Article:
WASHINGTON (CN) — The majority of the high court rejected attempts to reshape legal jurisprudence on religious accommodations Tuesday, opting instead for an approach that would affirm their own precedents.
“I’m happy we’re all kumbaya-ing together,” Justice Elena Kagan said during oral arguments where a former U.S. Postal Service employee is fighting for a permanent pass on Sunday Sabbath.
Seeming to coalesce around the position of the Biden administration, most of the justices appear hesitant to answer more questions than required for an immediate resolution of the dispute.
“It seems to me there’s enough on our plate with the undue-burden standard,” Chief Justice John Roberts said
Title VII of the Civil Rights Act prohibits discrimination against employees’ religious beliefs. The Equal Employment Opportunity Commission interprets the statute to force employers to make accommodations for employee beliefs unless they cause an undue hardship on the business.
At the center of the case before the justices is a prior interpretation of the undue hardship standard. In the 1977 case Trans World Airlines, Inc. v. Hardison, the Supreme Court sided with an airline union whose employee wanted a Saturday Sabbath accommodation. For almost 50 years, the courts have been using the test laid out in Hardison — referred to as the de minimus test — to evaluate accommodation claims.
Kagan said the court should not disturb this precedent since upending stare decisis requires a ruling to be erroneous — which she says Hardison is not.
“You can count on, like, a finger how many times we have overruled a statutory ruling in that context,” the Obama appointee said.
Justice Ketanji Brown Jackson said Congress should fix the issue — if there even is one. Jackson said if the court bends to arguments that would overturn parts of Hardison, it would be allowing utilization of the courts to circumvent what legislators otherwise could not accomplish.
"I guess I'm concerned that a person could fail to get Congress to give them what they want with respect to changing the statutory standard and then just come to the court and say, you give it to us," the Biden appointee said.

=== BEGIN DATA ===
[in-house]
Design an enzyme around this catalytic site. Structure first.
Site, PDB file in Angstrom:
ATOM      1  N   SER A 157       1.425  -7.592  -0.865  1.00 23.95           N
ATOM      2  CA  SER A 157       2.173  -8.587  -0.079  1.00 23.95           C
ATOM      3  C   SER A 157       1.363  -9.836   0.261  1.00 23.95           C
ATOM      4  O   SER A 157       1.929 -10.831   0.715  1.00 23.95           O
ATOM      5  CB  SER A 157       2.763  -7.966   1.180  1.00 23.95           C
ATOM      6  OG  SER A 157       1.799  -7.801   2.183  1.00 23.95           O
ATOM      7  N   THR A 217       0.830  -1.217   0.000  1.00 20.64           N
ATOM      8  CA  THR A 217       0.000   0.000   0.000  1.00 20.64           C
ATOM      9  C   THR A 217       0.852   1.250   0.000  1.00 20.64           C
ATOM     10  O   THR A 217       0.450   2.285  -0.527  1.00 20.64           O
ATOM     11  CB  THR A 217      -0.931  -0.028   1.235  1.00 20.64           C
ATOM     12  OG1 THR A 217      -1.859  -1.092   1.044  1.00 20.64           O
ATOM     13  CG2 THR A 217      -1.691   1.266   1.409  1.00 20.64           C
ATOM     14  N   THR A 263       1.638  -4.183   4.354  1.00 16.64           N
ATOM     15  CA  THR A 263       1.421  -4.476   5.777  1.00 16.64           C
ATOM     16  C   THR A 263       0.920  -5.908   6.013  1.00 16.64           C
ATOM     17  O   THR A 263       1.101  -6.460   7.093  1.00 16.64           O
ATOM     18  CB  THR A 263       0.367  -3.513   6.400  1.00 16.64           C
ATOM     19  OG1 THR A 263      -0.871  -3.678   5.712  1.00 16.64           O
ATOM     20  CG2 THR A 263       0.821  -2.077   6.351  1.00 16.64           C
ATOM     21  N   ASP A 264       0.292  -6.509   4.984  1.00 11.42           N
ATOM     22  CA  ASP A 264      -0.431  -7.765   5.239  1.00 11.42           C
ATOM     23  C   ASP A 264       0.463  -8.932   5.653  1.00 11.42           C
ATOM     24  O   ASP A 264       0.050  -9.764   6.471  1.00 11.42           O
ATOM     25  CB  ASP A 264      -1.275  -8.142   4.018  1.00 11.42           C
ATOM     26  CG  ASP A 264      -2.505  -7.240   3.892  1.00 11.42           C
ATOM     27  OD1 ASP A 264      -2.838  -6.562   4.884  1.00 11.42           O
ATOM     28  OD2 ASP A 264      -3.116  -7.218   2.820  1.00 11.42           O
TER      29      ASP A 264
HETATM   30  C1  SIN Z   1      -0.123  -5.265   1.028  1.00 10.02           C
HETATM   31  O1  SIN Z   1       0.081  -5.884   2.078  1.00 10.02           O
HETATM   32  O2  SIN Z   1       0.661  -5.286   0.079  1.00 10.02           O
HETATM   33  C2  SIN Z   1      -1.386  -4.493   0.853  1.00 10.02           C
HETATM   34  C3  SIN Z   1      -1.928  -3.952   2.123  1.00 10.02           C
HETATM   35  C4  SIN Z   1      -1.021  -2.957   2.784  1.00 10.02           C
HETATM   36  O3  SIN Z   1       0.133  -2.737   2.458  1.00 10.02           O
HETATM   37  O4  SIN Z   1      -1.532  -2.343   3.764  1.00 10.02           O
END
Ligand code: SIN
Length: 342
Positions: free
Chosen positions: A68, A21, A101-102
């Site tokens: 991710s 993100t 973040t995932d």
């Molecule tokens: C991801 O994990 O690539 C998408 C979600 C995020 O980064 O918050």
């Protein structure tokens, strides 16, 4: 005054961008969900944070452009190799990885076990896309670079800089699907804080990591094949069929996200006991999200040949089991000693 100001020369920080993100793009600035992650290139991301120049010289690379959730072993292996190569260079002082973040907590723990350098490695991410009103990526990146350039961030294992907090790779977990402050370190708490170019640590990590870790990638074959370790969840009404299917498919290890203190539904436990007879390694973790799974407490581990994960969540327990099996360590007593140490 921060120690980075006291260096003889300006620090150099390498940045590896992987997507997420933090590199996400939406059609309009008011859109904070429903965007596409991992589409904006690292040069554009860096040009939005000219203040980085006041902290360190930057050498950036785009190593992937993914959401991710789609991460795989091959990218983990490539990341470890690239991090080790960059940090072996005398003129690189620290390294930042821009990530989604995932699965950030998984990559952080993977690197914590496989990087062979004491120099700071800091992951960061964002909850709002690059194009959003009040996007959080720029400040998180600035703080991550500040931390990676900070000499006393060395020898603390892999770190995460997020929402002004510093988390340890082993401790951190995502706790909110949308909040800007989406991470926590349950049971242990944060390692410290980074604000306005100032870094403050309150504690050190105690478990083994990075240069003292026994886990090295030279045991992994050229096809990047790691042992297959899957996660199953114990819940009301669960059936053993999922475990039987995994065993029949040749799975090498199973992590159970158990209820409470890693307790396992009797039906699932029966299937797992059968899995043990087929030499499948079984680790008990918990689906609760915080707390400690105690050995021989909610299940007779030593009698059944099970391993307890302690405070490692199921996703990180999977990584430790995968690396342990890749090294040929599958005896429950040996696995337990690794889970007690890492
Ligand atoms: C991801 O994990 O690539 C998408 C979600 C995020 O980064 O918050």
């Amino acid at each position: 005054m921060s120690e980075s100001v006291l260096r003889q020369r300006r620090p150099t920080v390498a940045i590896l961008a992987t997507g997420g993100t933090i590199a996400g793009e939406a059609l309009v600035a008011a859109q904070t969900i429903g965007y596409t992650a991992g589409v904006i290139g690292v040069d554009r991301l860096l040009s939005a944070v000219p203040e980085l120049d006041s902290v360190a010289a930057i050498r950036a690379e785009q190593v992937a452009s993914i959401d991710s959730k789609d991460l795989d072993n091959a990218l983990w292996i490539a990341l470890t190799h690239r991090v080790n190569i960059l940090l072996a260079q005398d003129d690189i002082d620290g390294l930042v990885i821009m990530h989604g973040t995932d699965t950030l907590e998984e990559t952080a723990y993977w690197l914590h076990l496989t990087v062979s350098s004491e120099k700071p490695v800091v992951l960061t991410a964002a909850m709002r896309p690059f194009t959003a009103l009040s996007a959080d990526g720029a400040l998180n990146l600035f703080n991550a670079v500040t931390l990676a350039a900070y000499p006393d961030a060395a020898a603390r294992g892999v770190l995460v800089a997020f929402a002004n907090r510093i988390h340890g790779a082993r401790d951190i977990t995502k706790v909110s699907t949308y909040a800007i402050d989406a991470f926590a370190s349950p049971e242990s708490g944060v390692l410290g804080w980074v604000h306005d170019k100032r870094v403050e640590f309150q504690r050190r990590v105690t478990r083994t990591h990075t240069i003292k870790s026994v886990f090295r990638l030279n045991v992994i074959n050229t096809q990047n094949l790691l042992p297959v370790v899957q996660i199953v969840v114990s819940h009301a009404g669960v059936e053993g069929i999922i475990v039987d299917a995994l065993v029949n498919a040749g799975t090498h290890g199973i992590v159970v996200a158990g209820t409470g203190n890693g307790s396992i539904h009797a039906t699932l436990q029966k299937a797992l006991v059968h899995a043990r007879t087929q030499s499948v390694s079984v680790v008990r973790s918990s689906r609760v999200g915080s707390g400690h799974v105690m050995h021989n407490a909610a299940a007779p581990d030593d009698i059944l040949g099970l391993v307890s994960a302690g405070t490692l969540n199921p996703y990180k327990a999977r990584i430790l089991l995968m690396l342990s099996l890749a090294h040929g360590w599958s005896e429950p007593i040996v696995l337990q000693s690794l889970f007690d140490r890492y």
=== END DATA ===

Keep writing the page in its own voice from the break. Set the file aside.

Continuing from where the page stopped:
Justice Brett Kavanaugh said the case before the court might be asking for something the justices can not provide.
“I’m not sure we can give a whole manual of how it will play out,” the Trump appointee said of the various applications of the court’s precedent.
The case before the court comes for Gerald Groff, whose career as a USPS carrier ended when the agency could not accommodate his requests as a devout Evangelical Christian. Groff calls the observance of Sunday Sabbath essential to his religious practice, but his job as a rural carrier associate required him to work a flexible schedule that included Sundays and holidays.
USPS attempted to accommodate Groff’s request but was ultimately unable to do so without burdening other employees. Other carriers were forced to work extra shifts, and one forced to cover Groff’s shifts even filed a grievance with the union.
Groff would miss over two dozen shifts before USPS took disciplinary action against him. He later resigned and sued the agency.
The lower courts sided with USPS, finding that accommodating Groff’s Sunday Sabbath requests placed an undue hardship on his employer.
Groff told the justices that Hardison does not adequately protect the rights of workers.
“This court should reject the government’s watered-down test for undue hardship,” Groff's lawyer, Aaron Streett with Baker Botts, said. “It will provide inadequate protection for religious liberty in the workplace.”
Groff would instead have the court apply a standard closer to what is set out in the Americans with Disabilities Act.
“A diabetic employee could receive snack breaks under the ADA but not prayer breaks under Title VII,” Streett said.
To fight against arguments that Congress should address Groff’s concerns, his attorney said Congress could have felt hamstrung by the court’s establishment clause jurisprudence.
Kagan called this theory unusual and said it would require the use of a “fortuneteller apparatus” to know what was in lawmakers’ minds.
The government said Groff’s case was not representative of jurisprudence in this area.
“For almost 50 years, courts have applied Hardison when analyzing undue hardship under Title VII,” U.S. Solicitor General Elizabeth Prelogar said. “A substantial body of case law has developed to guide that context-dependent analysis and that case law provide meaningful protection to religious observants.”
While the majority of justices appeared to accept most of Prelogar’s arguments, Justices Clarence Thomas and Samuel Alito seemed opposed to them. Alito said the court’s ruling in Hardison was “an exercise in constitutional avoidance.”Follow @KelseyReichmann
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